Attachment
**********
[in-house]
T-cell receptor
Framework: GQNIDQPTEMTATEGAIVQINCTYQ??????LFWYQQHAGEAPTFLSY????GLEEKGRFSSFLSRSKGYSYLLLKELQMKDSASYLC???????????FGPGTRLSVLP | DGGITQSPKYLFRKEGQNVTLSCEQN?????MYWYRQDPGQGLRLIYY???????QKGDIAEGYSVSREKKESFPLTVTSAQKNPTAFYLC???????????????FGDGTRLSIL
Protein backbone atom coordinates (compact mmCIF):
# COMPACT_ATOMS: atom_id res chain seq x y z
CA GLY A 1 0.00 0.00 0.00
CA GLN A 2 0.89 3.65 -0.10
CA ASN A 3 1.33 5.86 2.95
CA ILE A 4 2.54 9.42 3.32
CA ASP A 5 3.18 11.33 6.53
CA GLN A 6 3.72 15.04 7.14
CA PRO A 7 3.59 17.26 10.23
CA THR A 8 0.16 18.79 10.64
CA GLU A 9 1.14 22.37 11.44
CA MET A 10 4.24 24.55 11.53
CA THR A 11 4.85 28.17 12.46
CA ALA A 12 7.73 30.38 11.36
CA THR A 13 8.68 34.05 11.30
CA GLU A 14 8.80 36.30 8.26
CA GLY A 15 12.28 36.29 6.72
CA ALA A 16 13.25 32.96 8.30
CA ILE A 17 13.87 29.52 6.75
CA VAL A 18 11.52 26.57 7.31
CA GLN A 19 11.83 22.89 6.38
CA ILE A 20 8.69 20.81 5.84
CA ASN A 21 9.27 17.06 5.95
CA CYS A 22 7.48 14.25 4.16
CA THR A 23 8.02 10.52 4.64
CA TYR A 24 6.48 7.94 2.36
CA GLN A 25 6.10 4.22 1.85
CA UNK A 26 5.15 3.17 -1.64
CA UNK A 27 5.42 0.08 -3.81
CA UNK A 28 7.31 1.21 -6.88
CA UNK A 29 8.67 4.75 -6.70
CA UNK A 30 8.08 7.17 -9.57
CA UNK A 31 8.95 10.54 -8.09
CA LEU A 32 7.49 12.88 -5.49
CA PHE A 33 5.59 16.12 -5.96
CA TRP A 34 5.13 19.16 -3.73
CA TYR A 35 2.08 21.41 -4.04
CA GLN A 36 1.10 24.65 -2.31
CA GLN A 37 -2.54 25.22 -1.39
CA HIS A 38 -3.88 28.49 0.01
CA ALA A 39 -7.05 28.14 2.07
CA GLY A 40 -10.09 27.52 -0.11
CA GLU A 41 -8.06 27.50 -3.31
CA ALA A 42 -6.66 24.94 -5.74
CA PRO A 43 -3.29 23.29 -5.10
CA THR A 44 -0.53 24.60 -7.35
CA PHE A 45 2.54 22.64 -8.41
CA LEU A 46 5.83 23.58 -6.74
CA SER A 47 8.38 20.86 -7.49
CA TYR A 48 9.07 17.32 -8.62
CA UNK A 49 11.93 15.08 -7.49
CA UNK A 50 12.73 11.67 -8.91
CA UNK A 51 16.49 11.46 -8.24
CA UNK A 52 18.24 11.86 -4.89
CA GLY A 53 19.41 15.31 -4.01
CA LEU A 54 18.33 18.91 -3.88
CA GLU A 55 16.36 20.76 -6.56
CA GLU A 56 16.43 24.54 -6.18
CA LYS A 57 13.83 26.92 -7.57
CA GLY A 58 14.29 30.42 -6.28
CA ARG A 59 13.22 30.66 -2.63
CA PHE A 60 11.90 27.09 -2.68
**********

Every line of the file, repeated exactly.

[in-house]
T-cell receptor
Framework: GQNIDQPTEMTATEGAIVQINCTYQ??????LFWYQQHAGEAPTFLSY????GLEEKGRFSSFLSRSKGYSYLLLKELQMKDSASYLC???????????FGPGTRLSVLP | DGGITQSPKYLFRKEGQNVTLSCEQN?????MYWYRQDPGQGLRLIYY???????QKGDIAEGYSVSREKKESFPLTVTSAQKNPTAFYLC???????????????FGDGTRLSIL
Protein backbone atom coordinates (compact mmCIF):
# COMPACT_ATOMS: atom_id res chain seq x y z
CA GLY A 1 0.00 0.00 0.00
CA GLN A 2 0.89 3.65 -0.10
CA ASN A 3 1.33 5.86 2.95
CA ILE A 4 2.54 9.42 3.32
CA ASP A 5 3.18 11.33 6.53
CA GLN A 6 3.72 15.04 7.14
CA PRO A 7 3.59 17.26 10.23
CA THR A 8 0.16 18.79 10.64
CA GLU A 9 1.14 22.37 11.44
CA MET A 10 4.24 24.55 11.53
CA THR A 11 4.85 28.17 12.46
CA ALA A 12 7.73 30.38 11.36
CA THR A 13 8.68 34.05 11.30
CA GLU A 14 8.80 36.30 8.26
CA GLY A 15 12.28 36.29 6.72
CA ALA A 16 13.25 32.96 8.30
CA ILE A 17 13.87 29.52 6.75
CA VAL A 18 11.52 26.57 7.31
CA GLN A 19 11.83 22.89 6.38
CA ILE A 20 8.69 20.81 5.84
CA ASN A 21 9.27 17.06 5.95
CA CYS A 22 7.48 14.25 4.16
CA THR A 23 8.02 10.52 4.64
CA TYR A 24 6.48 7.94 2.36
CA GLN A 25 6.10 4.22 1.85
CA UNK A 26 5.15 3.17 -1.64
CA UNK A 27 5.42 0.08 -3.81
CA UNK A 28 7.31 1.21 -6.88
CA UNK A 29 8.67 4.75 -6.70
CA UNK A 30 8.08 7.17 -9.57
CA UNK A 31 8.95 10.54 -8.09
CA LEU A 32 7.49 12.88 -5.49
CA PHE A 33 5.59 16.12 -5.96
CA TRP A 34 5.13 19.16 -3.73
CA TYR A 35 2.08 21.41 -4.04
CA GLN A 36 1.10 24.65 -2.31
CA GLN A 37 -2.54 25.22 -1.39
CA HIS A 38 -3.88 28.49 0.01
CA ALA A 39 -7.05 28.14 2.07
CA GLY A 40 -10.09 27.52 -0.11
CA GLU A 41 -8.06 27.50 -3.31
CA ALA A 42 -6.66 24.94 -5.74
CA PRO A 43 -3.29 23.29 -5.10
CA THR A 44 -0.53 24.60 -7.35
CA PHE A 45 2.54 22.64 -8.41
CA LEU A 46 5.83 23.58 -6.74
CA SER A 47 8.38 20.86 -7.49
CA TYR A 48 9.07 17.32 -8.62
CA UNK A 49 11.93 15.08 -7.49
CA UNK A 50 12.73 11.67 -8.91
CA UNK A 51 16.49 11.46 -8.24
CA UNK A 52 18.24 11.86 -4.89
CA GLY A 53 19.41 15.31 -4.01
CA LEU A 54 18.33 18.91 -3.88
CA GLU A 55 16.36 20.76 -6.56
CA GLU A 56 16.43 24.54 -6.18
CA LYS A 57 13.83 26.92 -7.57
CA GLY A 58 14.29 30.42 -6.28
CA ARG A 59 13.22 30.66 -2.63
CA PHE A 60 11.90 27.09 -2.68